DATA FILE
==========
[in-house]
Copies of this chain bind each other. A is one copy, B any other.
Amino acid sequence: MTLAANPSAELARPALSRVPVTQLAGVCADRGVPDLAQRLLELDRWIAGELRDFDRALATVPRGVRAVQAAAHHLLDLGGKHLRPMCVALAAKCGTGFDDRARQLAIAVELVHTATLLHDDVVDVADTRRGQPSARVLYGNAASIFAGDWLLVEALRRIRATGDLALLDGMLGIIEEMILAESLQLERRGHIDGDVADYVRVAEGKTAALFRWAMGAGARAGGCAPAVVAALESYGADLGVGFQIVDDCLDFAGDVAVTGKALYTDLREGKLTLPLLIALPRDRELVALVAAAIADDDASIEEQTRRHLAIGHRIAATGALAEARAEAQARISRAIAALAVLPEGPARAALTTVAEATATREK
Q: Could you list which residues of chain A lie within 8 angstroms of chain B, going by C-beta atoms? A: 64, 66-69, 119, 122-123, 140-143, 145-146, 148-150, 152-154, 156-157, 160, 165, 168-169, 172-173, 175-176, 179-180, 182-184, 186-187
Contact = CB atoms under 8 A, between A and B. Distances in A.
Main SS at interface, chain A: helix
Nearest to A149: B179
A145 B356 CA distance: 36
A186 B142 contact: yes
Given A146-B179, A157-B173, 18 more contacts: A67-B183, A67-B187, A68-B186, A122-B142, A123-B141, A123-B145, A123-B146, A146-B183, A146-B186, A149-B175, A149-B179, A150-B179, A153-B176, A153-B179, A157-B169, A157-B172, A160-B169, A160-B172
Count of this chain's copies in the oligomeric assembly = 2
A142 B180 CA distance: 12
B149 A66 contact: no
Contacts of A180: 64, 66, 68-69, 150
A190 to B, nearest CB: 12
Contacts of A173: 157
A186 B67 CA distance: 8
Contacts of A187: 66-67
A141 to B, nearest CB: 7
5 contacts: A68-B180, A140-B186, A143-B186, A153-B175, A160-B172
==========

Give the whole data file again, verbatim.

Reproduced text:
[in-house]
Copies of this chain bind each other. A is one copy, B any other.
Amino acid sequence: MTLAANPSAELARPALSRVPVTQLAGVCADRGVPDLAQRLLELDRWIAGELRDFDRALATVPRGVRAVQAAAHHLLDLGGKHLRPMCVALAAKCGTGFDDRARQLAIAVELVHTATLLHDDVVDVADTRRGQPSARVLYGNAASIFAGDWLLVEALRRIRATGDLALLDGMLGIIEEMILAESLQLERRGHIDGDVADYVRVAEGKTAALFRWAMGAGARAGGCAPAVVAALESYGADLGVGFQIVDDCLDFAGDVAVTGKALYTDLREGKLTLPLLIALPRDRELVALVAAAIADDDASIEEQTRRHLAIGHRIAATGALAEARAEAQARISRAIAALAVLPEGPARAALTTVAEATATREK
Q: Could you list which residues of chain A lie within 8 angstroms of chain B, going by C-beta atoms? A: 64, 66-69, 119, 122-123, 140-143, 145-146, 148-150, 152-154, 156-157, 160, 165, 168-169, 172-173, 175-176, 179-180, 182-184, 186-187
Contact = CB atoms under 8 A, between A and B. Distances in A.
Main SS at interface, chain A: helix
Nearest to A149: B179
A145 B356 CA distance: 36
A186 B142 contact: yes
Given A146-B179, A157-B173, 18 more contacts: A67-B183, A67-B187, A68-B186, A122-B142, A123-B141, A123-B145, A123-B146, A146-B183, A146-B186, A149-B175, A149-B179, A150-B179, A153-B176, A153-B179, A157-B169, A157-B172, A160-B169, A160-B172
Count of this chain's copies in the oligomeric assembly = 2
A142 B180 CA distance: 12
B149 A66 contact: no
Contacts of A180: 64, 66, 68-69, 150
A190 to B, nearest CB: 12
Contacts of A173: 157
A186 B67 CA distance: 8
Contacts of A187: 66-67
A141 to B, nearest CB: 7
5 contacts: A68-B180, A140-B186, A143-B186, A153-B175, A160-B172